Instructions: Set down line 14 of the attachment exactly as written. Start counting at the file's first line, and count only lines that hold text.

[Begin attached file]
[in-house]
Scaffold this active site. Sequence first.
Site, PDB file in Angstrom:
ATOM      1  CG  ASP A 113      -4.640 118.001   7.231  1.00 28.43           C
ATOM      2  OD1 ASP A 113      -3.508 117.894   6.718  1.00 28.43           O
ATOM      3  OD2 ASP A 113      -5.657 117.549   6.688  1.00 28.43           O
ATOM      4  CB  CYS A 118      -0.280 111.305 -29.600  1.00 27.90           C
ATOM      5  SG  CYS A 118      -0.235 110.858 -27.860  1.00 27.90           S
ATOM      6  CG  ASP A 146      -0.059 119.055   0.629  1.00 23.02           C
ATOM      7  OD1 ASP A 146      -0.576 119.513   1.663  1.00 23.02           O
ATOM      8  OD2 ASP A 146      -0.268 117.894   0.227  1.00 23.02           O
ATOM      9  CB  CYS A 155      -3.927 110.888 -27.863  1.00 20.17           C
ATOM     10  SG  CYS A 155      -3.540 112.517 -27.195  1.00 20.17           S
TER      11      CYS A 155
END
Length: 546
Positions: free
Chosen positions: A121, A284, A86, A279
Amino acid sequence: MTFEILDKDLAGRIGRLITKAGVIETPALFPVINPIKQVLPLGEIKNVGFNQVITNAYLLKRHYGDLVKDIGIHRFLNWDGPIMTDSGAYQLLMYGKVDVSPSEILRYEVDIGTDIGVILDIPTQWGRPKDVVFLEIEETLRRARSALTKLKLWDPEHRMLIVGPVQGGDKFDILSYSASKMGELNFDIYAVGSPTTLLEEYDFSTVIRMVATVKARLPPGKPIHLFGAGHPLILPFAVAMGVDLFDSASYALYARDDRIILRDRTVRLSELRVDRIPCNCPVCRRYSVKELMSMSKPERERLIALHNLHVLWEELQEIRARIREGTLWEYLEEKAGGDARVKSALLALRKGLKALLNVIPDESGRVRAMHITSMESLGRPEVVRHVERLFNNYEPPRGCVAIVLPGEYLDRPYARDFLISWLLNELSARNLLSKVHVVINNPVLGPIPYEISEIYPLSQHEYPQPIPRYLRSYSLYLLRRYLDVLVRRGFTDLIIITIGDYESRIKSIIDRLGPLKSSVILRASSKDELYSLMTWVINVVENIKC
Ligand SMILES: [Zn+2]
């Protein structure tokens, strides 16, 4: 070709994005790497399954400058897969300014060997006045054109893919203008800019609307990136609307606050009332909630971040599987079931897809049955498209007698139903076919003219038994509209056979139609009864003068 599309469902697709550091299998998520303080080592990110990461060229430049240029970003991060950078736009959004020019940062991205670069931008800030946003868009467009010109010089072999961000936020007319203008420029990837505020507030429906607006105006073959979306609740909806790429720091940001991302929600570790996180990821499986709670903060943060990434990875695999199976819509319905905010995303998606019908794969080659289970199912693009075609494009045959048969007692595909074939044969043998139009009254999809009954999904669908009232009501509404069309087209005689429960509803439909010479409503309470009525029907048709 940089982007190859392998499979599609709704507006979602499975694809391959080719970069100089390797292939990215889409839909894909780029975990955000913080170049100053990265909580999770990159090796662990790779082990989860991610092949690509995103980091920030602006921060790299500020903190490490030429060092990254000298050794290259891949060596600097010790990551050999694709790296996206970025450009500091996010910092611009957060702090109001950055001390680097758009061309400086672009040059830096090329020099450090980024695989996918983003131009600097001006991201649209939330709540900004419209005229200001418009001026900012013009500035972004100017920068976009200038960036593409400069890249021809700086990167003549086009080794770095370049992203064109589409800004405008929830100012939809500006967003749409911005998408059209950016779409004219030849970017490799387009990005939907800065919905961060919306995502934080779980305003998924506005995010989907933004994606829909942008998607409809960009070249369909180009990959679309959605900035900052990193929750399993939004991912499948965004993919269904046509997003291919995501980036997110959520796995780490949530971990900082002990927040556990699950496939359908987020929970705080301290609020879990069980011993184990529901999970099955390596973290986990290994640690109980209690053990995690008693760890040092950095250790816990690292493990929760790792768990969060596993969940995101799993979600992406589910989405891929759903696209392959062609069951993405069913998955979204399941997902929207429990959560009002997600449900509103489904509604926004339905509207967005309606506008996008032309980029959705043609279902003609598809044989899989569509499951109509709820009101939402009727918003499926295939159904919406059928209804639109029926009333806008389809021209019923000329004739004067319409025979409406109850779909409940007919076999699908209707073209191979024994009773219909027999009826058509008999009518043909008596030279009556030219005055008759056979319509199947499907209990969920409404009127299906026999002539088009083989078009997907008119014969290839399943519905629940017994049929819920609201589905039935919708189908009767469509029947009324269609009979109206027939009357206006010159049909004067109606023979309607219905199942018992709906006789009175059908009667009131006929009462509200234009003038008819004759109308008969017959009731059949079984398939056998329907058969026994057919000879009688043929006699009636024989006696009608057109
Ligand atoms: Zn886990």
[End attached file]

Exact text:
TER      11      CYS A 155